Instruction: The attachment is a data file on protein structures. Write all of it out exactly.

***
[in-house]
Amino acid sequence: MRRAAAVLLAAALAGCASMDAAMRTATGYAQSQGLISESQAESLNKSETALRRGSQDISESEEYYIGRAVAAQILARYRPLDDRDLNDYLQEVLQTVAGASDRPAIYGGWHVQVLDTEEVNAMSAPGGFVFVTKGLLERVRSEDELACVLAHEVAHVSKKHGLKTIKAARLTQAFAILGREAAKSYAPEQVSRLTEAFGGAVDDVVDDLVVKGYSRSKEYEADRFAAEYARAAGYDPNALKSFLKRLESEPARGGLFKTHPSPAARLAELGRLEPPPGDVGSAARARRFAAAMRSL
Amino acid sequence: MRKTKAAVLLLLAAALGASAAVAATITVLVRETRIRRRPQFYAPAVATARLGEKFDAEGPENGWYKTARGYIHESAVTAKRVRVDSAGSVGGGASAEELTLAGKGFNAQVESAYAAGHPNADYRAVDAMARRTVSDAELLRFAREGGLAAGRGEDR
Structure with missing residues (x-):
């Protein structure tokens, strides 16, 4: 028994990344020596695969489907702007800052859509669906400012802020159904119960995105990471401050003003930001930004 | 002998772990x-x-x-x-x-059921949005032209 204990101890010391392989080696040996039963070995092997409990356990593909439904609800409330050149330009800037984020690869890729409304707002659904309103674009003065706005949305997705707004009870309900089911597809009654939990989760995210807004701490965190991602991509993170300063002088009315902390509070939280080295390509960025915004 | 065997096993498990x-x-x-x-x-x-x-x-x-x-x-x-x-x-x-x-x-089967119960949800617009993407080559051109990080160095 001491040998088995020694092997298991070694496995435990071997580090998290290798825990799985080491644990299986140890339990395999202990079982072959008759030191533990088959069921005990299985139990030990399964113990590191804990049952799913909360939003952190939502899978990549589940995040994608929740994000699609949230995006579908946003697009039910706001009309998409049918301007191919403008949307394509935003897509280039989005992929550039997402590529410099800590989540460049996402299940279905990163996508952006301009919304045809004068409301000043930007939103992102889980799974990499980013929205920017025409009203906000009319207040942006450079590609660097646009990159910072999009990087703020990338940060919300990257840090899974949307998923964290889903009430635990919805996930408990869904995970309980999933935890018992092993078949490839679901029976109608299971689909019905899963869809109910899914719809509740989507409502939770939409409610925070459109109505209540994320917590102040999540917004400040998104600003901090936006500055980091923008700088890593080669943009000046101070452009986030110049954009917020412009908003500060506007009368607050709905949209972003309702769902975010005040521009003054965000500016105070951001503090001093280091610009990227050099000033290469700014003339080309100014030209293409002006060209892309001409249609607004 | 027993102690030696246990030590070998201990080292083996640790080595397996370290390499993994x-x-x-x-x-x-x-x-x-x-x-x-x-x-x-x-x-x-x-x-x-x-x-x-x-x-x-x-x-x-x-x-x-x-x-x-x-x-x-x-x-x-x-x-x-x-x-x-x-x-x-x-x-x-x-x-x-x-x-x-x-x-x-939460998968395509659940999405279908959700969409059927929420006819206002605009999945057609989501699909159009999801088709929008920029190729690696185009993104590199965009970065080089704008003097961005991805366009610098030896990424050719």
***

[in-house]
Amino acid sequence: MRRAAAVLLAAALAGCASMDAAMRTATGYAQSQGLISESQAESLNKSETALRRGSQDISESEEYYIGRAVAAQILARYRPLDDRDLNDYLQEVLQTVAGASDRPAIYGGWHVQVLDTEEVNAMSAPGGFVFVTKGLLERVRSEDELACVLAHEVAHVSKKHGLKTIKAARLTQAFAILGREAAKSYAPEQVSRLTEAFGGAVDDVVDDLVVKGYSRSKEYEADRFAAEYARAAGYDPNALKSFLKRLESEPARGGLFKTHPSPAARLAELGRLEPPPGDVGSAARARRFAAAMRSL
Amino acid sequence: MRKTKAAVLLLLAAALGASAAVAATITVLVRETRIRRRPQFYAPAVATARLGEKFDAEGPENGWYKTARGYIHESAVTAKRVRVDSAGSVGGGASAEELTLAGKGFNAQVESAYAAGHPNADYRAVDAMARRTVSDAELLRFAREGGLAAGRGEDR
Structure with missing residues (x-):
């Protein structure tokens, strides 16, 4: 028994990344020596695969489907702007800052859509669906400012802020159904119960995105990471401050003003930001930004 | 002998772990x-x-x-x-x-059921949005032209 204990101890010391392989080696040996039963070995092997409990356990593909439904609800409330050149330009800037984020690869890729409304707002659904309103674009003065706005949305997705707004009870309900089911597809009654939990989760995210807004701490965190991602991509993170300063002088009315902390509070939280080295390509960025915004 | 065997096993498990x-x-x-x-x-x-x-x-x-x-x-x-x-x-x-x-x-089967119960949800617009993407080559051109990080160095 001491040998088995020694092997298991070694496995435990071997580090998290290798825990799985080491644990299986140890339990395999202990079982072959008759030191533990088959069921005990299985139990030990399964113990590191804990049952799913909360939003952190939502899978990549589940995040994608929740994000699609949230995006579908946003697009039910706001009309998409049918301007191919403008949307394509935003897509280039989005992929550039997402590529410099800590989540460049996402299940279905990163996508952006301009919304045809004068409301000043930007939103992102889980799974990499980013929205920017025409009203906000009319207040942006450079590609660097646009990159910072999009990087703020990338940060919300990257840090899974949307998923964290889903009430635990919805996930408990869904995970309980999933935890018992092993078949490839679901029976109608299971689909019905899963869809109910899914719809509740989507409502939770939409409610925070459109109505209540994320917590102040999540917004400040998104600003901090936006500055980091923008700088890593080669943009000046101070452009986030110049954009917020412009908003500060506007009368607050709905949209972003309702769902975010005040521009003054965000500016105070951001503090001093280091610009990227050099000033290469700014003339080309100014030209293409002006060209892309001409249609607004 | 027993102690030696246990030590070998201990080292083996640790080595397996370290390499993994x-x-x-x-x-x-x-x-x-x-x-x-x-x-x-x-x-x-x-x-x-x-x-x-x-x-x-x-x-x-x-x-x-x-x-x-x-x-x-x-x-x-x-x-x-x-x-x-x-x-x-x-x-x-x-x-x-x-x-x-x-x-x-939460998968395509659940999405279908959700969409059927929420006819206002605009999945057609989501699909159009999801088709929008920029190729690696185009993104590199965009970065080089704008003097961005991805366009610098030896990424050719």